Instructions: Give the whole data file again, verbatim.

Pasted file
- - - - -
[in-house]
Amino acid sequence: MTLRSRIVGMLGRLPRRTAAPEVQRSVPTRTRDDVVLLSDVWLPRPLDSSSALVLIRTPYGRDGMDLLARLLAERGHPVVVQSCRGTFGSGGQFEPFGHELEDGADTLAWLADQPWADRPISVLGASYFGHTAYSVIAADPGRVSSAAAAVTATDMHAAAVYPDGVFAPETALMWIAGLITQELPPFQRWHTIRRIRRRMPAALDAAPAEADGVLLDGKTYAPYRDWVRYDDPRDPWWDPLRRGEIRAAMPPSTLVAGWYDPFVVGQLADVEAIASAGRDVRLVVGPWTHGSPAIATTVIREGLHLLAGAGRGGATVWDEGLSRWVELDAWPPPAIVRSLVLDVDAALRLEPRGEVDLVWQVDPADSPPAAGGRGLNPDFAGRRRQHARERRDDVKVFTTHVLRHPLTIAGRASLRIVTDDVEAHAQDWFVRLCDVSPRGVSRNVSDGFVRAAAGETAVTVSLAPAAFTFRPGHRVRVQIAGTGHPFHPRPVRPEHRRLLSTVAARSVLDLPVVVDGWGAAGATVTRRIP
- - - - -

[in-house]
Amino acid sequence: MTLRSRIVGMLGRLPRRTAAPEVQRSVPTRTRDDVVLLSDVWLPRPLDSSSALVLIRTPYGRDGMDLLARLLAERGHPVVVQSCRGTFGSGGQFEPFGHELEDGADTLAWLADQPWADRPISVLGASYFGHTAYSVIAADPGRVSSAAAAVTATDMHAAAVYPDGVFAPETALMWIAGLITQELPPFQRWHTIRRIRRRMPAALDAAPAEADGVLLDGKTYAPYRDWVRYDDPRDPWWDPLRRGEIRAAMPPSTLVAGWYDPFVVGQLADVEAIASAGRDVRLVVGPWTHGSPAIATTVIREGLHLLAGAGRGGATVWDEGLSRWVELDAWPPPAIVRSLVLDVDAALRLEPRGEVDLVWQVDPADSPPAAGGRGLNPDFAGRRRQHARERRDDVKVFTTHVLRHPLTIAGRASLRIVTDDVEAHAQDWFVRLCDVSPRGVSRNVSDGFVRAAAGETAVTVSLAPAAFTFRPGHRVRVQIAGTGHPFHPRPVRPEHRRLLSTVAARSVLDLPVVVDGWGAAGATVTRRIP